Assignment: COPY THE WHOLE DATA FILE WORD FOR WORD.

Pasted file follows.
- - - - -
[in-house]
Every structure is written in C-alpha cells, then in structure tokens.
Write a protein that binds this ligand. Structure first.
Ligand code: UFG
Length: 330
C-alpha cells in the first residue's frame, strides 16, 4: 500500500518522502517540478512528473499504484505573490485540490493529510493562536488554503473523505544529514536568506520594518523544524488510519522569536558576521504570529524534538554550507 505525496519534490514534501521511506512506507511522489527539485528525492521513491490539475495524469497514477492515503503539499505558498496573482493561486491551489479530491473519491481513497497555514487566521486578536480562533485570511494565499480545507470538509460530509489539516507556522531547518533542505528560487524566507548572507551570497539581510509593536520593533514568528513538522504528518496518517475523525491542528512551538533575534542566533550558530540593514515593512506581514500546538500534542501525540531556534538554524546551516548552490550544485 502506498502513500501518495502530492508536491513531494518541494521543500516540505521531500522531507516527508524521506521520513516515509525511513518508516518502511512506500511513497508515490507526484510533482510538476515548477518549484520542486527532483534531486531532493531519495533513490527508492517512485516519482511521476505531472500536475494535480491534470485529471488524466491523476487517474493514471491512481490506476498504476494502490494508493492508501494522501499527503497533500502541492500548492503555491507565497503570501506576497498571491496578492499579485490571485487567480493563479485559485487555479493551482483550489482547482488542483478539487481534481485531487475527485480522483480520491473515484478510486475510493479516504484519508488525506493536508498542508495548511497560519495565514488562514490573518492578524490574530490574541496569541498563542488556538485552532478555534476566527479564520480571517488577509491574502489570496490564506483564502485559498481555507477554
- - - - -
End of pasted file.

[in-house]
Every structure is written in C-alpha cells, then in structure tokens.
Write a protein that binds this ligand. Structure first.
Ligand code: UFG
Length: 330
C-alpha cells in the first residue's frame, strides 16, 4: 500500500518522502517540478512528473499504484505573490485540490493529510493562536488554503473523505544529514536568506520594518523544524488510519522569536558576521504570529524534538554550507 505525496519534490514534501521511506512506507511522489527539485528525492521513491490539475495524469497514477492515503503539499505558498496573482493561486491551489479530491473519491481513497497555514487566521486578536480562533485570511494565499480545507470538509460530509489539516507556522531547518533542505528560487524566507548572507551570497539581510509593536520593533514568528513538522504528518496518517475523525491542528512551538533575534542566533550558530540593514515593512506581514500546538500534542501525540531556534538554524546551516548552490550544485 502506498502513500501518495502530492508536491513531494518541494521543500516540505521531500522531507516527508524521506521520513516515509525511513518508516518502511512506500511513497508515490507526484510533482510538476515548477518549484520542486527532483534531486531532493531519495533513490527508492517512485516519482511521476505531472500536475494535480491534470485529471488524466491523476487517474493514471491512481490506476498504476494502490494508493492508501494522501499527503497533500502541492500548492503555491507565497503570501506576497498571491496578492499579485490571485487567480493563479485559485487555479493551482483550489482547482488542483478539487481534481485531487475527485480522483480520491473515484478510486475510493479516504484519508488525506493536508498542508495548511497560519495565514488562514490573518492578524490574530490574541496569541498563542488556538485552532478555534476566527479564520480571517488577509491574502489570496490564506483564502485559498481555507477554